Newsgroups, listservs and mail archives.

Perhaps the first examples of digital libraries in networked environments were the archives produced by the many USENET newsgroups and listservs available through global networks. News reading and filtering programs [21, 25] and search tools such as Archie and Veronica [8] provide rudimentary aids for locating information in these electronic discussions. Listservs are used for specialized projects (e.g., the ESS project above and the Perseus project both have listservs) and for distance education courses. In a cable television course taught by Marchionini, a listserv was used by students to present "one-minute papers" at the conclusion of each session. This provided continuity between sessions and personalized the interactions between the instructor and students, who would otherwise have only remote telephone access during live sessions. In another semester, students in graduate seminars in human-computer interaction taught by Marchionini at the University of Maryland and Christine Borgman at UCLA collaborated on term projects through email and FTP services. Students gained broader perspectives by virtue of the diversity in backgrounds that students from the different schools brought to the courses, and both positive collaborations and "techno-bullying" were observed. See [15] for a set of experiences in the virtual classroom.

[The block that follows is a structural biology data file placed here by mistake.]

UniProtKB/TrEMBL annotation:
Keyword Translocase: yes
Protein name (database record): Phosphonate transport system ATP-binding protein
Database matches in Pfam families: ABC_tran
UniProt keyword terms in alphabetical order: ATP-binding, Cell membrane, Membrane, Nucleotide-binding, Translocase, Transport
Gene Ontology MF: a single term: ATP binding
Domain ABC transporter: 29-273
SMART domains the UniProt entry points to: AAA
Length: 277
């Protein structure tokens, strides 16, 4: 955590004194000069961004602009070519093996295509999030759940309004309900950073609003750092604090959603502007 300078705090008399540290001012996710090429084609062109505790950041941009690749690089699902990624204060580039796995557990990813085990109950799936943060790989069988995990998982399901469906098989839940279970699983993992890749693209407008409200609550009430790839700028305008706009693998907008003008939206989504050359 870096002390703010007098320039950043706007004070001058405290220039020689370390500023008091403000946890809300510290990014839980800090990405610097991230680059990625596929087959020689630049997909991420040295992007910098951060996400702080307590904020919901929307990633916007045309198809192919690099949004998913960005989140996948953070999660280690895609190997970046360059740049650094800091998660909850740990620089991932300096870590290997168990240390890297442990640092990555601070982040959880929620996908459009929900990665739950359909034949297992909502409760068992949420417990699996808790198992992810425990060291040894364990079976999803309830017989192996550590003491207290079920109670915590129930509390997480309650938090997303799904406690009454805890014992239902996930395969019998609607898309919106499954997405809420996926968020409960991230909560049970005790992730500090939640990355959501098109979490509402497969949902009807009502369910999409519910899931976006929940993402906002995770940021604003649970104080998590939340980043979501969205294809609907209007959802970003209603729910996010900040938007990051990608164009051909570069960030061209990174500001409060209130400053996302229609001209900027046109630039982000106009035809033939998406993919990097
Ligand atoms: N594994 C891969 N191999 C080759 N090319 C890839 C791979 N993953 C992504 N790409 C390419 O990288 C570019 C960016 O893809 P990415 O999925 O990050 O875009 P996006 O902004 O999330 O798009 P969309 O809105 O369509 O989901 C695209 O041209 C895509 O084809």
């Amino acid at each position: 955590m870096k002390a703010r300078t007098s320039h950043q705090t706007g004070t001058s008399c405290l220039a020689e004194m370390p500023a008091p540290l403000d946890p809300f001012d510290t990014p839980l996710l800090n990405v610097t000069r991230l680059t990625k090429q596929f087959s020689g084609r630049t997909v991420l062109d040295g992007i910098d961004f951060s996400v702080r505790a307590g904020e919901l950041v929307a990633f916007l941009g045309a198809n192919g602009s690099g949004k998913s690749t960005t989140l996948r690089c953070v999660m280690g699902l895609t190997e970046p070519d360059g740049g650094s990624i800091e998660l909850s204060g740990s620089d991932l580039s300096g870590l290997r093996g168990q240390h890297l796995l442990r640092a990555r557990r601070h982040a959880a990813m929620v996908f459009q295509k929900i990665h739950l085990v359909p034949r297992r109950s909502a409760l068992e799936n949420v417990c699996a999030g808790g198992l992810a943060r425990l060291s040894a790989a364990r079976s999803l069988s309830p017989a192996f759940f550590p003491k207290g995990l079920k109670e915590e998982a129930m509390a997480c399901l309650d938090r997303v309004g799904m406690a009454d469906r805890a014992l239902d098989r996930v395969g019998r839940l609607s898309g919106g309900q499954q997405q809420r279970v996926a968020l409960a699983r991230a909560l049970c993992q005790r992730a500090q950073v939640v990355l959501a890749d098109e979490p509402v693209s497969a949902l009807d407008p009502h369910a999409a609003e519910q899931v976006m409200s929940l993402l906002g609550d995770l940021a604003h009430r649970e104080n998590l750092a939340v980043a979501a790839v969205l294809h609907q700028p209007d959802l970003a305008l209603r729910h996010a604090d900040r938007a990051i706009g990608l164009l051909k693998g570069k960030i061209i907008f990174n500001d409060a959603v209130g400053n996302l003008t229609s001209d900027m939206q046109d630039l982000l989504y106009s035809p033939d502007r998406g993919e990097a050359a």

In another setting, Maurer used Hyper-G [17] both as electronic library and discussion forum. In a 200-student class on "Societal Aspects of Computer Science" some 50 high-quality papers from specialists were made available to students via Hyper-G as the basis of a wide ranging electronic discussion. Students were able to comment on papers and earlier comments, the structure of the discussion being visualized using the X-Windows client Harmony [11]. The experiment created a network of over 4000 hyperlinked documents. Students remained "semi-anonymous" to encourage free discussion: i.e. students were allowed to choose arbitrary pen-names known only to each individual and to the instructor, the latter since student evaluation was based on the quality of contributions of the students. The experiment exemplifies blurring of the borderlines between electronic libraries and CSCW [7]--the semi-structured threads of conversation that make up news archives and lists provide another type of digital library product that will find increasing use in both formal and informal learning.

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